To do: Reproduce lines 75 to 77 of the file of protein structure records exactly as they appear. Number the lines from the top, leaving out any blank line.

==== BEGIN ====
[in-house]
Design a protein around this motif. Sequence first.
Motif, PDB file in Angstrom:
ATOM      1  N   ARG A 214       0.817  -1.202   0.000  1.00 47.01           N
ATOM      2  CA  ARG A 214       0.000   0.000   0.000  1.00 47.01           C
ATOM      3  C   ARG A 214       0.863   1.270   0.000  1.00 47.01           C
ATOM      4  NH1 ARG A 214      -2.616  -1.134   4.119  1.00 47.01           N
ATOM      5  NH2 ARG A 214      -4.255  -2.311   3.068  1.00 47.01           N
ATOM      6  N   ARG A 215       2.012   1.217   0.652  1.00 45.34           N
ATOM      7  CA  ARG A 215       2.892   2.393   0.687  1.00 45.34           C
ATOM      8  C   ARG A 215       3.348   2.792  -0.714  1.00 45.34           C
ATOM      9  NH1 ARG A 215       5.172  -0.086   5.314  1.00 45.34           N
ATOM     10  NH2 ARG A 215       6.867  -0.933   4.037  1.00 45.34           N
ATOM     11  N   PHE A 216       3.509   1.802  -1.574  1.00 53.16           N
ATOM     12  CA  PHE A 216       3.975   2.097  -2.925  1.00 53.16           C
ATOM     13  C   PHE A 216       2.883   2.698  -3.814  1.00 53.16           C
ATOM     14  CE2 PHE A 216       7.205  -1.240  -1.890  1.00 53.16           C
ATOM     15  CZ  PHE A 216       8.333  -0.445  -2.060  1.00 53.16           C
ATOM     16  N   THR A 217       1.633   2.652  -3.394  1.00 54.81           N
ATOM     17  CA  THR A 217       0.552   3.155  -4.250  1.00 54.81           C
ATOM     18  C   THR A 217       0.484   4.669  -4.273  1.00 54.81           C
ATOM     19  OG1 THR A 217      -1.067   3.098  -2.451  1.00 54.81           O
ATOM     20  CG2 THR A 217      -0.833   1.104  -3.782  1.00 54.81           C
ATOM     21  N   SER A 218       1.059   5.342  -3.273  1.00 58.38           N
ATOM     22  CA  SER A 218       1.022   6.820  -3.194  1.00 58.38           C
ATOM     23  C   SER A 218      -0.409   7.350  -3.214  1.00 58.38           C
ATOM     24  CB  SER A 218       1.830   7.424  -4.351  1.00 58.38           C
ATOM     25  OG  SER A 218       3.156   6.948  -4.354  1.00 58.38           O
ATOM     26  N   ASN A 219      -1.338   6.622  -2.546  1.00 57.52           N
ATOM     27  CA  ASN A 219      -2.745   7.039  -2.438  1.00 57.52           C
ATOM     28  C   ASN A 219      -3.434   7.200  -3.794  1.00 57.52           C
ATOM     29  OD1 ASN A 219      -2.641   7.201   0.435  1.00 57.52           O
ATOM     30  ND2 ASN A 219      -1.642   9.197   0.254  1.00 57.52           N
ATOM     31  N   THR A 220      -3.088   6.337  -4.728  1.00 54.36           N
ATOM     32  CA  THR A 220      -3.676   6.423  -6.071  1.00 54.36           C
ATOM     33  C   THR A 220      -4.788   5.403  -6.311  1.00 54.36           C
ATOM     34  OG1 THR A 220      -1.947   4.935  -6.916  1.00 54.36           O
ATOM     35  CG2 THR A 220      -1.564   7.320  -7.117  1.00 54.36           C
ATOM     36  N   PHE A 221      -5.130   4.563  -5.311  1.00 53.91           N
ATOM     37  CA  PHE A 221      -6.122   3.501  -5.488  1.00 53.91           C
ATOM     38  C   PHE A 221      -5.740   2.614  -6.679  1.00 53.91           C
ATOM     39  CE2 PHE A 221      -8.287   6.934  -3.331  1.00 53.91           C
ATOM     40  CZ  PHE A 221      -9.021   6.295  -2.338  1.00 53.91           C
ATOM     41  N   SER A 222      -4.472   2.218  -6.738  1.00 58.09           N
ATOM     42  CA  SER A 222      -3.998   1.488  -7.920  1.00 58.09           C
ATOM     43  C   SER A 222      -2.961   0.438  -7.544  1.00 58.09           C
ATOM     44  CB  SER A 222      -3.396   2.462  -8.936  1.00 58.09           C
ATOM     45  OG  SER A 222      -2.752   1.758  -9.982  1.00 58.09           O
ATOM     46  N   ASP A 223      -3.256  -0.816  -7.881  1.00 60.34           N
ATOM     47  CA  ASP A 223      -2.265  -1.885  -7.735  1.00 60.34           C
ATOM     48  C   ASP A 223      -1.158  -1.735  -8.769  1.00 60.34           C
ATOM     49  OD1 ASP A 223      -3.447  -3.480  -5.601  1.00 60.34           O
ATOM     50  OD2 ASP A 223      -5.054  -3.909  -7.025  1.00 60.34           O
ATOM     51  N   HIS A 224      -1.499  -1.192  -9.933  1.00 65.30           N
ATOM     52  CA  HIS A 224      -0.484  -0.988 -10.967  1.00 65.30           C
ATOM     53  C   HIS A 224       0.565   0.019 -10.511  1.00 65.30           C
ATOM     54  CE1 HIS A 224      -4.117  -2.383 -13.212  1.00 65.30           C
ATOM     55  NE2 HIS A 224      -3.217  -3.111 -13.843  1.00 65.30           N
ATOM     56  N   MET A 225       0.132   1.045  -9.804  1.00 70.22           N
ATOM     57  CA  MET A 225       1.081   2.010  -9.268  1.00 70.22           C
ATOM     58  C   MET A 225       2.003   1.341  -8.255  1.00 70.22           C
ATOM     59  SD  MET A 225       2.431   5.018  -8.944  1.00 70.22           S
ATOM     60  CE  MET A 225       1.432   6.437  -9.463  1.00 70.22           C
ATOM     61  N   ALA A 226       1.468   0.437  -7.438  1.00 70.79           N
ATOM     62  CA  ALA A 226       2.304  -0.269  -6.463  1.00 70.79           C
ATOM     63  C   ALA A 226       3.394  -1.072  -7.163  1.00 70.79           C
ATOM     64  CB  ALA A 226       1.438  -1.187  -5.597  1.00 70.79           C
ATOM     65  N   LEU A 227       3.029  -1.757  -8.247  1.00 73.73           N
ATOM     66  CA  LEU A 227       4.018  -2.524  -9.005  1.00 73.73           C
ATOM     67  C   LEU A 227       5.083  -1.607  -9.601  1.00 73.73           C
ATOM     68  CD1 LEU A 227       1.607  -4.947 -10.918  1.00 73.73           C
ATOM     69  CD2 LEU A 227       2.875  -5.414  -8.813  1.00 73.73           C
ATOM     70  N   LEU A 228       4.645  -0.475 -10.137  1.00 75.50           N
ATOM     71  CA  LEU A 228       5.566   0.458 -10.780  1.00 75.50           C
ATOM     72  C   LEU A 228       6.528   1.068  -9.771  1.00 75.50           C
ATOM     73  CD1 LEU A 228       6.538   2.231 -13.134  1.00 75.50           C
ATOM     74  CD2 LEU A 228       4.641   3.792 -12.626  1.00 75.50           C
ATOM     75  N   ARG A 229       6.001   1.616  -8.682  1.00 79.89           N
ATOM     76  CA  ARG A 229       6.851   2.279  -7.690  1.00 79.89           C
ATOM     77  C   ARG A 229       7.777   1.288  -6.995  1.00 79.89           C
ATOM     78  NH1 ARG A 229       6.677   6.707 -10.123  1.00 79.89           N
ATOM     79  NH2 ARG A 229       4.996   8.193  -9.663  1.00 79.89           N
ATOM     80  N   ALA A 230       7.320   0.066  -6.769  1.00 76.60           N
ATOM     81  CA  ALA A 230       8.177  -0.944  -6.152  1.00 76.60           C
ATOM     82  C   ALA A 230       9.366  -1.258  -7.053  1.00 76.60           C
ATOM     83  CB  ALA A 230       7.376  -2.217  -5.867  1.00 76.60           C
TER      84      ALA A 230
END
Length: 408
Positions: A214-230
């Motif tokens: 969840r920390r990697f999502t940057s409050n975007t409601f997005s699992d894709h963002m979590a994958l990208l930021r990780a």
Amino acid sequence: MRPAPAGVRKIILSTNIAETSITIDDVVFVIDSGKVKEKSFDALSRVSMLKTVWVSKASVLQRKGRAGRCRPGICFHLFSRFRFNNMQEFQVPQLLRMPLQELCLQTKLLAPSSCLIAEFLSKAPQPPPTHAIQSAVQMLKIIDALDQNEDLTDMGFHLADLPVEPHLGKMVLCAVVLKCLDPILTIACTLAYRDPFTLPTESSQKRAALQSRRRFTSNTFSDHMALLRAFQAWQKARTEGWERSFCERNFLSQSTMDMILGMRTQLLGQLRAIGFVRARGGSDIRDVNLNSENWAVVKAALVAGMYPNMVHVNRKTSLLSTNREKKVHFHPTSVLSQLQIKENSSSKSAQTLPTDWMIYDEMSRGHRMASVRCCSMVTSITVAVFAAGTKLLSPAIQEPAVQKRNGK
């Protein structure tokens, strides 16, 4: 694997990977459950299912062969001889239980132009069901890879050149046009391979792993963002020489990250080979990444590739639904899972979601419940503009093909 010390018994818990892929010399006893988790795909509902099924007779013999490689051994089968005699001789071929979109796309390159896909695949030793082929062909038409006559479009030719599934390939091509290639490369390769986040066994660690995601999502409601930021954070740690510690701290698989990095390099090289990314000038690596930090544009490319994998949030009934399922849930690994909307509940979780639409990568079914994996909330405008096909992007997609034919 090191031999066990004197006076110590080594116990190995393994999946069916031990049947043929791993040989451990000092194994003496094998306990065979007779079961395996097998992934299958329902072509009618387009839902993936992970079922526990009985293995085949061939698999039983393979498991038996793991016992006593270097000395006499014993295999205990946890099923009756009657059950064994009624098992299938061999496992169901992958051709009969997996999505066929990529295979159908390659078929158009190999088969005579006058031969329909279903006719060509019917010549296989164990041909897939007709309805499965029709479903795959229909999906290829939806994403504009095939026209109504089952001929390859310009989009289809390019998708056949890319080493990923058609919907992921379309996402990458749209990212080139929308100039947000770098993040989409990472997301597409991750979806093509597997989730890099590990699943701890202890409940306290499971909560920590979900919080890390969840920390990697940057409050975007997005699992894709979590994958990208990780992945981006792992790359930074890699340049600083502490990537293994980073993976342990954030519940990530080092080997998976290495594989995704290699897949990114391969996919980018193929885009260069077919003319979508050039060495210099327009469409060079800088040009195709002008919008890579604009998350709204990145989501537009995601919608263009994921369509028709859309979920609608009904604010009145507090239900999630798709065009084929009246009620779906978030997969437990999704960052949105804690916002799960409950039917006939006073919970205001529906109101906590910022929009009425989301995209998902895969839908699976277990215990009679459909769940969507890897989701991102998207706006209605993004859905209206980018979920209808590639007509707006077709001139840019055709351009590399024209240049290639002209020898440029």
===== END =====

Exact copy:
ATOM     72  C   LEU A 228       6.528   1.068  -9.771  1.00 75.50           C
ATOM     73  CD1 LEU A 228       6.538   2.231 -13.134  1.00 75.50           C
ATOM     74  CD2 LEU A 228       4.641   3.792 -12.626  1.00 75.50           C